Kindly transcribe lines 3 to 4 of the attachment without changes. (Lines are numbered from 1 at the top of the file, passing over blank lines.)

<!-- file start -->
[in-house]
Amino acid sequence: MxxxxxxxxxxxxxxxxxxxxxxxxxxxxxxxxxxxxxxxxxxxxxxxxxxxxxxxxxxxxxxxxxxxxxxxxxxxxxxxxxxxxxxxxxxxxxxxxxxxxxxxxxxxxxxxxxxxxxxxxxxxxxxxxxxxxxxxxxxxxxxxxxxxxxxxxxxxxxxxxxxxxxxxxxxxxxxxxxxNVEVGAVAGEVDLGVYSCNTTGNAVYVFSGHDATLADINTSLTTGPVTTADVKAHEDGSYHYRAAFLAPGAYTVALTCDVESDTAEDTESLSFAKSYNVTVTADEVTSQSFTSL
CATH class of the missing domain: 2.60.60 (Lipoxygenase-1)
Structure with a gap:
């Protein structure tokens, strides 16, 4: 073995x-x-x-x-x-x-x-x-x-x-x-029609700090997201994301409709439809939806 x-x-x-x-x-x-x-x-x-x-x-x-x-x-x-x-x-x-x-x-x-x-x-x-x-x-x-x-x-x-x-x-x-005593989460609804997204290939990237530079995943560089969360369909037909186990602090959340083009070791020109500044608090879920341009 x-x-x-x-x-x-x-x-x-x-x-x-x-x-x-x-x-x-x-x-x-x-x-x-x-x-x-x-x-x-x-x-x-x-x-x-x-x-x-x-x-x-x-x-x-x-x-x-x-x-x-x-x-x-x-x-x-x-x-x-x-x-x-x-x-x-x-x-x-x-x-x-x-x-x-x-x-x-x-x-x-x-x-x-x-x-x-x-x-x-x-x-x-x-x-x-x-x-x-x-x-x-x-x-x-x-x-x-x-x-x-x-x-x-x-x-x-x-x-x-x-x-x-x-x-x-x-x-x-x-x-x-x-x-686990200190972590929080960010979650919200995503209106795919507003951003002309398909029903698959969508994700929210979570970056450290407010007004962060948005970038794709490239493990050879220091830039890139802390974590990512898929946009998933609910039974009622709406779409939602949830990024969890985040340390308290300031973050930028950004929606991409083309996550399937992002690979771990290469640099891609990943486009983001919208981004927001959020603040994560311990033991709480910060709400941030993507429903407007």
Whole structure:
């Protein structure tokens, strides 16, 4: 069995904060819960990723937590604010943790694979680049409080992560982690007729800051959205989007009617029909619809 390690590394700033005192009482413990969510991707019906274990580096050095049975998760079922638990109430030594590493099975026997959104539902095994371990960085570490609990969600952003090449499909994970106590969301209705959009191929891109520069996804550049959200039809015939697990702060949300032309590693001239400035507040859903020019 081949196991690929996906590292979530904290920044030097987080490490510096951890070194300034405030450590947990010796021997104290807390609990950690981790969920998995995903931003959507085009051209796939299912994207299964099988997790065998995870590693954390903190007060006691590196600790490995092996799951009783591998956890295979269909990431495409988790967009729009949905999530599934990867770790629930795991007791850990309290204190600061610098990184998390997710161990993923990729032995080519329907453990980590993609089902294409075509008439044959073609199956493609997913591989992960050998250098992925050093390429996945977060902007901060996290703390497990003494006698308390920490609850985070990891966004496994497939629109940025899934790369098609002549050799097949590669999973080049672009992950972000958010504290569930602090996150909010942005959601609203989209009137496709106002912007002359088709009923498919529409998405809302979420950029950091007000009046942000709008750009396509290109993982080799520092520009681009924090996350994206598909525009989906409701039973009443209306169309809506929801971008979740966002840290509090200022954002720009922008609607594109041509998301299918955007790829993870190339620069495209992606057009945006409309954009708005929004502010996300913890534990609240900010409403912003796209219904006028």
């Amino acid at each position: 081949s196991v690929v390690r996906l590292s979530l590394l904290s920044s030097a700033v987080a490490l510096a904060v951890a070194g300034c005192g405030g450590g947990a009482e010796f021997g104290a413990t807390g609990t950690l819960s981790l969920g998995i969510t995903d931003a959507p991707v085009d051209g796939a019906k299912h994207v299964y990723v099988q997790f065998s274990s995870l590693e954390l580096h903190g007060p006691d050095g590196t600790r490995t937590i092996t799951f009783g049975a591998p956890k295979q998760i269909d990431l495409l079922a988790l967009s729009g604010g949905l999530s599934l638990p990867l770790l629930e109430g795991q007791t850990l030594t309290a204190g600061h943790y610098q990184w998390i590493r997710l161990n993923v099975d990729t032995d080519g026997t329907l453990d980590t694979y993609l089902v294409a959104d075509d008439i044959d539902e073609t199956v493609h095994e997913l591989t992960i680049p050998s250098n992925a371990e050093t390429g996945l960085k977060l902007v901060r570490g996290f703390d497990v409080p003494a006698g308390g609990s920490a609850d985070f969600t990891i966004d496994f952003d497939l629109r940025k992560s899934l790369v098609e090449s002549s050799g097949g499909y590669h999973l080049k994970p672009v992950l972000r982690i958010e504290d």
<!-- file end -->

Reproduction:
CATH class of the missing domain: 2.60.60 (Lipoxygenase-1)
Structure with a gap: